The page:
Water mass provenance and mixing in the Fram Strait, Arctic Ocean – Multi-proxy evidence from dissolved Nd isotopes, REEs, Ba, nutrients, and δ18O
Abstract:Dissolved radiogenic Nd isotopes (εNd), rare earth element (REE), Ba, and nutrient concentrations combined with oxygen isotopes retrieved along a section between Spitsbergen and Greenland at approximately 79°N during the ARK XXVII/1 cruise in 2012 were measured to characterize the origin and mixing of the water masses in the Fram Strait.
Deep waters below 500 m are nearly constant in Nd concentration (CNd) around 16 pmol/kg and εNd signatures range from -9.5±0.2 to -10.9±0.2. The heavy REE to light REE ratio (HREE/LREE) ranges from 4 to 5. Ba concentrations range from 47 to 58 nmol/kg, increasing slightly with depth. These homogeneous signatures do not allow identification of distinct deep water masses.
The upper 500 m of the water column close to the Western Svalbard margin including the shelf is relatively warm and saline (T ≤ 5.5°C, S ≤ 35.1) and shares characteristics of Atlantic Water (AW) including low CNd (~15 pmol/kg) and relatively unradiogenic εNd signatures (-12.2±0.2). This water is also characterized by HREE/LREE around 4 and CBa around 50 nmol/kg.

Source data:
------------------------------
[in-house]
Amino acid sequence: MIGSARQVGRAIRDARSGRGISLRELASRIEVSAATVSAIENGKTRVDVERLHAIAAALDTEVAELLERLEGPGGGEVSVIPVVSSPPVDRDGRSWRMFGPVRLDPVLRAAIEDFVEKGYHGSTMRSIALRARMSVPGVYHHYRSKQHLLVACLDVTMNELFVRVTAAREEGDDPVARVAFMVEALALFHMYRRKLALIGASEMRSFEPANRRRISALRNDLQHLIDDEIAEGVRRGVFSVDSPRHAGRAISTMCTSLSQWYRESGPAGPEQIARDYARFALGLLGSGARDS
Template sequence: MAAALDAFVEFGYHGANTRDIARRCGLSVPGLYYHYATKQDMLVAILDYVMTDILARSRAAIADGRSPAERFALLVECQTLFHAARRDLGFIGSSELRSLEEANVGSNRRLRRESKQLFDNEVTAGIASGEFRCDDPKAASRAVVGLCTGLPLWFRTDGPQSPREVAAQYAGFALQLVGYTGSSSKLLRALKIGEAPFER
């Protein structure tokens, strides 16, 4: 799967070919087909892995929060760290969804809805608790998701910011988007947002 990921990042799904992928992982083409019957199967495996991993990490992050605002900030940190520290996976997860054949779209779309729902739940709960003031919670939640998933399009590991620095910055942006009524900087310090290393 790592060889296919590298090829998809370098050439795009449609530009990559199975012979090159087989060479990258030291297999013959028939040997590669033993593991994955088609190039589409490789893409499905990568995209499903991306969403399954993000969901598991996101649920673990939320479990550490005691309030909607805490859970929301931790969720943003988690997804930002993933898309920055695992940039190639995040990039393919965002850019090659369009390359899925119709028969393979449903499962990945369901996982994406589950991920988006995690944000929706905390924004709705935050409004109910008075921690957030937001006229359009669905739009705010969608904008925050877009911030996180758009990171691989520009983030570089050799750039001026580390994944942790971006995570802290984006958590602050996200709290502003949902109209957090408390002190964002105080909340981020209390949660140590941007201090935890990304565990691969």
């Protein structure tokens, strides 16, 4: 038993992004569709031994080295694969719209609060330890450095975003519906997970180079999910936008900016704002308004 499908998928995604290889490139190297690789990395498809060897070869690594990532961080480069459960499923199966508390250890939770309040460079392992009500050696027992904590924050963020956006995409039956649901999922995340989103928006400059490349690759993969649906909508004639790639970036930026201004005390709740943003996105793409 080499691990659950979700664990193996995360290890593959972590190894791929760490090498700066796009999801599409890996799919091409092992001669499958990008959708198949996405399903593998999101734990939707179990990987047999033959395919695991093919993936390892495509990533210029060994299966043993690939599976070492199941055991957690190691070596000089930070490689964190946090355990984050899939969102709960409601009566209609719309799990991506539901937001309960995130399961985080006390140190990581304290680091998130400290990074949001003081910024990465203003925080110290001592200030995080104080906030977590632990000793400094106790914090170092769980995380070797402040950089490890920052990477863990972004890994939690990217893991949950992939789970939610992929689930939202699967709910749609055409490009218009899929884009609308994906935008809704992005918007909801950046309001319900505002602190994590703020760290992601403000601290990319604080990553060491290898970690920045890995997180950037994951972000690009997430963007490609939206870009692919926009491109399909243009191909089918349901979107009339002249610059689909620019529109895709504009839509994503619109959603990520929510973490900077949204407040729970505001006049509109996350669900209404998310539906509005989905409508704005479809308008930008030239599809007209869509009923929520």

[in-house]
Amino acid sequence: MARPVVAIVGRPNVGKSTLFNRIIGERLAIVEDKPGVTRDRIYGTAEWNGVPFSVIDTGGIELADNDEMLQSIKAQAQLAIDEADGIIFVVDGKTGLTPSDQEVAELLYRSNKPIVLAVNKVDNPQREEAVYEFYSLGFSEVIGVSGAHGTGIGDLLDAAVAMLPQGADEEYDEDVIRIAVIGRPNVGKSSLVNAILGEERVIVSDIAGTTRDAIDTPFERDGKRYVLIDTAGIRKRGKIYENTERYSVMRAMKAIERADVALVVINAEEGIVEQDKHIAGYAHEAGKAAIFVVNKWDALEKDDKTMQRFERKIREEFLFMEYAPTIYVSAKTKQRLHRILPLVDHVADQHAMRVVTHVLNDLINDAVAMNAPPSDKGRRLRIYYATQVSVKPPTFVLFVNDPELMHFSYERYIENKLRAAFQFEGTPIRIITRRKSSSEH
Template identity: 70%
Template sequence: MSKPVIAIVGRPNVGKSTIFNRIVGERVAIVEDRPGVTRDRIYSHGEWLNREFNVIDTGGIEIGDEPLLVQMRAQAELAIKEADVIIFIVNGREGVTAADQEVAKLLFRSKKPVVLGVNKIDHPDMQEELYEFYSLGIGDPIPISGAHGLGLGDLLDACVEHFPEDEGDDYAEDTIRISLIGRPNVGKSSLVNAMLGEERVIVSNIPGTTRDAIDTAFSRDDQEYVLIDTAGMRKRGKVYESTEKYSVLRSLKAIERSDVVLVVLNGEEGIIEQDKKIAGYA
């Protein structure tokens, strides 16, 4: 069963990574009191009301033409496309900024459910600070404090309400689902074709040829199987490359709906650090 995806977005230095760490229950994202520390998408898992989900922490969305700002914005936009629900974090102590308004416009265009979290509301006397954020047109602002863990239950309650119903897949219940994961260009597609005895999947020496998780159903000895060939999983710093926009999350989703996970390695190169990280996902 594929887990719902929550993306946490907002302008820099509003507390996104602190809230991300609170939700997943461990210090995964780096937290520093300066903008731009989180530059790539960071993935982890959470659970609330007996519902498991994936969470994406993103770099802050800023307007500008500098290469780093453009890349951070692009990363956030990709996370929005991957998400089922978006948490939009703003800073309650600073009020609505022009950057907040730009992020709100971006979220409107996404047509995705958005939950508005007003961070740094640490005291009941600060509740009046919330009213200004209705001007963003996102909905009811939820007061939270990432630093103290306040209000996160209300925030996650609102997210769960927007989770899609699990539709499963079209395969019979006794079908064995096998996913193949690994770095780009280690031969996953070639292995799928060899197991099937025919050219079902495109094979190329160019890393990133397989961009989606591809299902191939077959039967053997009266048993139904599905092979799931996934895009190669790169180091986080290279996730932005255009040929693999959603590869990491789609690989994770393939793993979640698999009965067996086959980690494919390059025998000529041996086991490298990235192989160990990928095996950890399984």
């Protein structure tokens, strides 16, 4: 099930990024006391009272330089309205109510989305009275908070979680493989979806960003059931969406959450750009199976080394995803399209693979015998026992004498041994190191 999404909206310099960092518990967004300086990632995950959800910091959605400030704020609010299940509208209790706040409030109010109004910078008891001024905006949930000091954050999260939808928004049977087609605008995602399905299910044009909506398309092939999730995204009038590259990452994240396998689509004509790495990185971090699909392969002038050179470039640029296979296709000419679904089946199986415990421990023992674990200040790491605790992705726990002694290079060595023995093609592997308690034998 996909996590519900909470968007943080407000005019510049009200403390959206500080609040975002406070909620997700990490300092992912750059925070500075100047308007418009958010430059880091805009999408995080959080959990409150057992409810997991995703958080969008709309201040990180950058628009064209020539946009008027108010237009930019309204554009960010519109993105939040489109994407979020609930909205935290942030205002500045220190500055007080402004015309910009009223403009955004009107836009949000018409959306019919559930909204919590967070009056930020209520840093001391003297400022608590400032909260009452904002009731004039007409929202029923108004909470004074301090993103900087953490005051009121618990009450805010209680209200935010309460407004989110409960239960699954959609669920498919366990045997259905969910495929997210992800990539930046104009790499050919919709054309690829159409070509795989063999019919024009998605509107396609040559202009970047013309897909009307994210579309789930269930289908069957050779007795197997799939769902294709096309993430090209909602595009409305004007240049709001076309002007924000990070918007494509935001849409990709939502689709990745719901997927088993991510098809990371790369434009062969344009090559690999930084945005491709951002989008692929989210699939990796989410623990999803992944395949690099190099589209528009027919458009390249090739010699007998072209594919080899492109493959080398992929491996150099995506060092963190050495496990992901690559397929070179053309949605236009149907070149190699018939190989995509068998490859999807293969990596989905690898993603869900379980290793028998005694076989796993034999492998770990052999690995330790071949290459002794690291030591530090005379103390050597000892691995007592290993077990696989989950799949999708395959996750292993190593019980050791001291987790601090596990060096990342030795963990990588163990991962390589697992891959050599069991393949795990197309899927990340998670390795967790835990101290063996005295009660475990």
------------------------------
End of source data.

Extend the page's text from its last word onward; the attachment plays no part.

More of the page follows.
Low salinity surface waters on the East Greenland shelf have unradiogenic εNd signatures similar to AW (-12.4±0.3) but in contrast to AW high CNd of up to 37 pmol/kg. At the same time the HREE/LREE ratio is relatively low (~3.5) and CBa reaches 73 nmol/kg. This suggests a significant freshwater contribution either from the McKenzie or the Lena rivers. Eastwards of these freshwater-influenced waters (at ~5°W), admixture of a Pacific component characterized by a more radiogenic εNd (-8.8±0.2) and high nutrient concentrations outcropping at surface was detected. Waters of the same origin are present on the East Greenland shelf at about 150 m depth.
Based on these data we use mass balance calculations to determine the fractions of sea ice meltwater, Eurasian run-off, North American run-off, and Arctic seawater and compare these results with our εNd and REE data.